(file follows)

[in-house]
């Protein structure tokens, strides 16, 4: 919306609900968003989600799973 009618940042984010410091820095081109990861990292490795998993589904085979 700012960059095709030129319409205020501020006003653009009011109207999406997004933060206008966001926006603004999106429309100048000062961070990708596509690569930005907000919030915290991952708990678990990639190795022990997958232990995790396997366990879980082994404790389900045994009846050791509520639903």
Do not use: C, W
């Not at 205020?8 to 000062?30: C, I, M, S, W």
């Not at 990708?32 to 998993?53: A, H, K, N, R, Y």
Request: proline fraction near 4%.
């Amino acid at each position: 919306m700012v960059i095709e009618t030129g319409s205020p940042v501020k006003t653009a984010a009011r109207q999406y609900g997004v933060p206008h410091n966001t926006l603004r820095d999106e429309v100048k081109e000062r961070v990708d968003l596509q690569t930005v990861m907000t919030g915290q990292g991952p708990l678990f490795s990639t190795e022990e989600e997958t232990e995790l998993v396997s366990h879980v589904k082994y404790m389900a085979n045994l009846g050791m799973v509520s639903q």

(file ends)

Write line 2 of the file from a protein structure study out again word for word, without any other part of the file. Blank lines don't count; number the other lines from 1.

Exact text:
């Protein structure tokens, strides 16, 4: 919306609900968003989600799973 009618940042984010410091820095081109990861990292490795998993589904085979 700012960059095709030129319409205020501020006003653009009011109207999406997004933060206008966001926006603004999106429309100048000062961070990708596509690569930005907000919030915290991952708990678990990639190795022990997958232990995790396997366990879980082994404790389900045994009846050791509520639903």